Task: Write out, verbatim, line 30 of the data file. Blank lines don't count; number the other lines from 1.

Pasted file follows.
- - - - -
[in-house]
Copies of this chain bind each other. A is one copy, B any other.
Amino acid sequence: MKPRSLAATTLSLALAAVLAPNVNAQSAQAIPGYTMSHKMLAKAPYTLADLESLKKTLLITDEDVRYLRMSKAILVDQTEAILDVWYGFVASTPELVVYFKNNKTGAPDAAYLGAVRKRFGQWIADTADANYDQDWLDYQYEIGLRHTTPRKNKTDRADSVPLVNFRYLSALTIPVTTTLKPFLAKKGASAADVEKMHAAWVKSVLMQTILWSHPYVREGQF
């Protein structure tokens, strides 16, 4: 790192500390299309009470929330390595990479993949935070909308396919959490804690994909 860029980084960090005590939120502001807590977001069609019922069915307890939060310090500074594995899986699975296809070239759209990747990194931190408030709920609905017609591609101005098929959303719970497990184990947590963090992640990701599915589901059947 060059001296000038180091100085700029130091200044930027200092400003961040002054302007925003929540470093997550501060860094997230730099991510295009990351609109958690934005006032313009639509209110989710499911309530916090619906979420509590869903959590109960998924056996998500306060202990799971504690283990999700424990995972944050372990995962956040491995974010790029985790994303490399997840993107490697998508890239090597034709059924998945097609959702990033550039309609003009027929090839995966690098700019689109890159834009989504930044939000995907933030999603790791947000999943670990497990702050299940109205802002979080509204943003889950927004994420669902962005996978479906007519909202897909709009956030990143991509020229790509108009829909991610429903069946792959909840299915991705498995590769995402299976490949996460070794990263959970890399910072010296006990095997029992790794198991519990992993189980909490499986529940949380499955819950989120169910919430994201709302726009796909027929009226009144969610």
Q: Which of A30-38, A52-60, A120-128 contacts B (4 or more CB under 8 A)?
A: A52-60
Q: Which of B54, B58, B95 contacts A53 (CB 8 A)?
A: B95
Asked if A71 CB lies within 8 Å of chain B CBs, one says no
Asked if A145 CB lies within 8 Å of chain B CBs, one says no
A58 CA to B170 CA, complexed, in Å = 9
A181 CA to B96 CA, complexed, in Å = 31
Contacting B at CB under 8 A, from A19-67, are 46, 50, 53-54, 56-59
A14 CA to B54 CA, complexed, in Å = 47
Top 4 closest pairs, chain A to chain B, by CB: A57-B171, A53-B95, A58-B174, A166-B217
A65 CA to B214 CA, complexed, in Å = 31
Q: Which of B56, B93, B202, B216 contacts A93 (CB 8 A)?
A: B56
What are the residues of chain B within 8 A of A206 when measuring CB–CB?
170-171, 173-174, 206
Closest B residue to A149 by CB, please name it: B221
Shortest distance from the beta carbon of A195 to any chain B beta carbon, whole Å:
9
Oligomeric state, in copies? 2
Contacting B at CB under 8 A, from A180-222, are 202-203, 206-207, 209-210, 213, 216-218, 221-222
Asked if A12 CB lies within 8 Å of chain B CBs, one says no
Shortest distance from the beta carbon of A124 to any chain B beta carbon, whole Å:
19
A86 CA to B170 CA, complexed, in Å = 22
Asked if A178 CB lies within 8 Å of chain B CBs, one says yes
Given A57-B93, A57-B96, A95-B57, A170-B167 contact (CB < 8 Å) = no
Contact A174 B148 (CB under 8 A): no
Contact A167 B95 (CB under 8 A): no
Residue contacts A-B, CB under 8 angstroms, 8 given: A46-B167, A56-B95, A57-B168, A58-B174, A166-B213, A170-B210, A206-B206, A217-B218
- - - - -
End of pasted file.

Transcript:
Asked if A178 CB lies within 8 Å of chain B CBs, one says yes